Born Barefoot

by | Aug 17, 2016 | Archive

The Summer Olympics are in full swing. American swimmers & gymnasts, Jamaican runners, and Irish rowers have all won gold. Eyes will be fixated on Rio until August 21st.

The Olympic opening ceremonies were spectacular; could be the best ever. Of all the highlights in the opening ceremonies, one stood out to me the most; The Laurel Award. This is the first year this award has ever been presented. A man in a suit came running in with children dressed in white and they were flying white kites. The music playing sounded heavenly and created a sense of peace.
The Laurel Award was created to honor a person who has used his or her accomplishments in sports to make achievements in education, culture, development and peace. The award was presented in the opening ceremonies to Kipchoge, “Kip” Keinois.
I had never heard of Kip before. He was a star athlete before I was born. After reading his story, I knew why, of all the Olympic athletes who have ever competed, Kip was the first person chosen.
Kip’s life began in a small village in Western Kenya. He walked/ran 4 miles to school every day. At lunch, he ran 4 miles home. After lunch, he ran back to school and then, back home. He ran 16 miles a day to school… barefoot.

In 1962, Kip began to run in many International races. Later, he started an orphanage in Western Kenya starting with providing homes to 2 children. Now, he and his wife provide homes to over 100! Read more Kip’s amazing story.

Scroll backwards a few weeks. My life, my day and my night are extremely busy with my multitude of projects, including running a community thrift store to benefit my community in Alabama. But one day in late July, I took the time to read a post from one of my Pollination Project brothers, Maulid Hamis Mschahame, that completely changed the way I look at life.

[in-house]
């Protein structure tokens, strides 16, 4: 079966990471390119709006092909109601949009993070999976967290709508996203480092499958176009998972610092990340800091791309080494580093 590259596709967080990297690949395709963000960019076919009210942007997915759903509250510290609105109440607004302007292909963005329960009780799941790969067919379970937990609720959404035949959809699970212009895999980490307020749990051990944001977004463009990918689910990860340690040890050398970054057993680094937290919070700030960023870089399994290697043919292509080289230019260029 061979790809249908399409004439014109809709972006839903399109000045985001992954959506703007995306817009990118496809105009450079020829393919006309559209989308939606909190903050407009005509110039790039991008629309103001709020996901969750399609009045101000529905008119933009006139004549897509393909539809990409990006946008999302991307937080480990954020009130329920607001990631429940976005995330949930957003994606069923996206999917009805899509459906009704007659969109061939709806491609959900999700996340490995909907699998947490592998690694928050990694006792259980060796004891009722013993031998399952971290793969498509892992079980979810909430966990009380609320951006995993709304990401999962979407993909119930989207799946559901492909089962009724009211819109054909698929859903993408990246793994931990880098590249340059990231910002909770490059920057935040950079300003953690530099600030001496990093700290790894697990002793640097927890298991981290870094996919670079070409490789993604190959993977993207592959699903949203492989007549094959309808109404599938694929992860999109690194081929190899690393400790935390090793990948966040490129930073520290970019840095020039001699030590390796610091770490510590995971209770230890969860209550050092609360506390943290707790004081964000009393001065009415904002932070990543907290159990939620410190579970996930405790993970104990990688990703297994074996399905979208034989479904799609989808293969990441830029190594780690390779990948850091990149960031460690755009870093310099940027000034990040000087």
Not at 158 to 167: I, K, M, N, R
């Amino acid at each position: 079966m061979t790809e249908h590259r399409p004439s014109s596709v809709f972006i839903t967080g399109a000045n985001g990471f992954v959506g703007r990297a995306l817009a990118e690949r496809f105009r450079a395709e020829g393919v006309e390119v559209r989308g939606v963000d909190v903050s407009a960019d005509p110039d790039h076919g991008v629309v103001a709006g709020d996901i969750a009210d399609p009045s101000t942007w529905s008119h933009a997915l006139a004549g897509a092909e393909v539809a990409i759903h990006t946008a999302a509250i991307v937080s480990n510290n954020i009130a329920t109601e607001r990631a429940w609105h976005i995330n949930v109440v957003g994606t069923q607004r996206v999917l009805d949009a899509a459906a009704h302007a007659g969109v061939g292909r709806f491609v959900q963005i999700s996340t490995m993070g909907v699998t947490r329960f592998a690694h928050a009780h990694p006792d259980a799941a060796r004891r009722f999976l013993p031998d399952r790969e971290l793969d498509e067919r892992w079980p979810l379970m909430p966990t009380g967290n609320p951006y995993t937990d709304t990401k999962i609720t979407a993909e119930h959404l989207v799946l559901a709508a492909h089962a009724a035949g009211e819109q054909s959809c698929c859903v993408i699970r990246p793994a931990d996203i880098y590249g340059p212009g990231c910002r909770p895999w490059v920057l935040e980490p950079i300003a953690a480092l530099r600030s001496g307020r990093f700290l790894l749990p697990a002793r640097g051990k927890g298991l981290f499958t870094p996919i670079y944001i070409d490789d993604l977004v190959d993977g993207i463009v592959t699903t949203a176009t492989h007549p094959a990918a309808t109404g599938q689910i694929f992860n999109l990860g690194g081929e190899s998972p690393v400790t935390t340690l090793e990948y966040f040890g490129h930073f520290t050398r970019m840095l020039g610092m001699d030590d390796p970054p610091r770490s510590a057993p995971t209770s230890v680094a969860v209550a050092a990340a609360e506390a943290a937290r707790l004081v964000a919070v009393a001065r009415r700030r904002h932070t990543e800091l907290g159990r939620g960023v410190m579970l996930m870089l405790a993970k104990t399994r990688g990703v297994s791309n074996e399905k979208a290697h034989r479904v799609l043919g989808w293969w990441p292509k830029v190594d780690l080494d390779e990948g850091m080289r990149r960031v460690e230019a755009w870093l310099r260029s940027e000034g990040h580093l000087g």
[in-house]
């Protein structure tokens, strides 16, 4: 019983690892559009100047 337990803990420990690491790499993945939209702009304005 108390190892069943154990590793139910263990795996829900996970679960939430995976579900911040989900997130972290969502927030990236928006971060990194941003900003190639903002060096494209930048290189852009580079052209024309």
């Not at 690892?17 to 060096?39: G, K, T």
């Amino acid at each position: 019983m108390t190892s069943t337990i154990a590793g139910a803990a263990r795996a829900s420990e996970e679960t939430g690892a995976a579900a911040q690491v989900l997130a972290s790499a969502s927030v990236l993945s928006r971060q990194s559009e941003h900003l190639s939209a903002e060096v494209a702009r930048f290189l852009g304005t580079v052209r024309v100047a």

Maulid is the founder of Kishoka YOUTH Organization in Mombasa, Kenya and spends his days keeping kids busy with a positive influences instead of them falling into trouble. He has a heart very similar to that of Kip’s. The post had a picture of him and a boy named Samuel, an 11 year old who builds cars out of recycled waste.

Maulid and I have since had several exchanges about Samuel. Maulid said he first met Samuel at a play in Marafa. Maulid wrote, “He is the owner of that car he is creative because is recycling waste to build the car, he does not have time to do bad things but he goes with it to the grocer and it carries a few things.”

I was excited to see Samuels car made from recycled items! I too thought this boy is very creative. I wonder if he had more things to choose from what other items he could create?
Most of the world’s fastest runners in Africa do not start out with shoes. In fact, they run barefoot until the age of 15 or 16. Kip said he did not get a pair of shoes until he was at least 15. Holy moly!
So I sent Maulid a message asking him if Samuel needed shoes? It turns out Samuel has no shoes. The coat he was wearing is his grandmother’s. I also learned that when it gets down to 75 degrees in Eastern Africa, it is considered cold. Maulid made a special trip to Marafa to find out more about the family and their needs. While in Marafa, he called me through Facebook and I got to talk to Samuel. I told Samuel I was in America. He replied, “you are?!?” I could hear his excitement grow when I said yes.
An uneasy feeling came over me as I learned more about Samuels situation. Samuel lives with his mother and 3 sisters. One sister goes to boarding school as long as the family can pay the fees. Both Samuel and his sister were not able to finish their final exams, last month because there was no money to pay for them.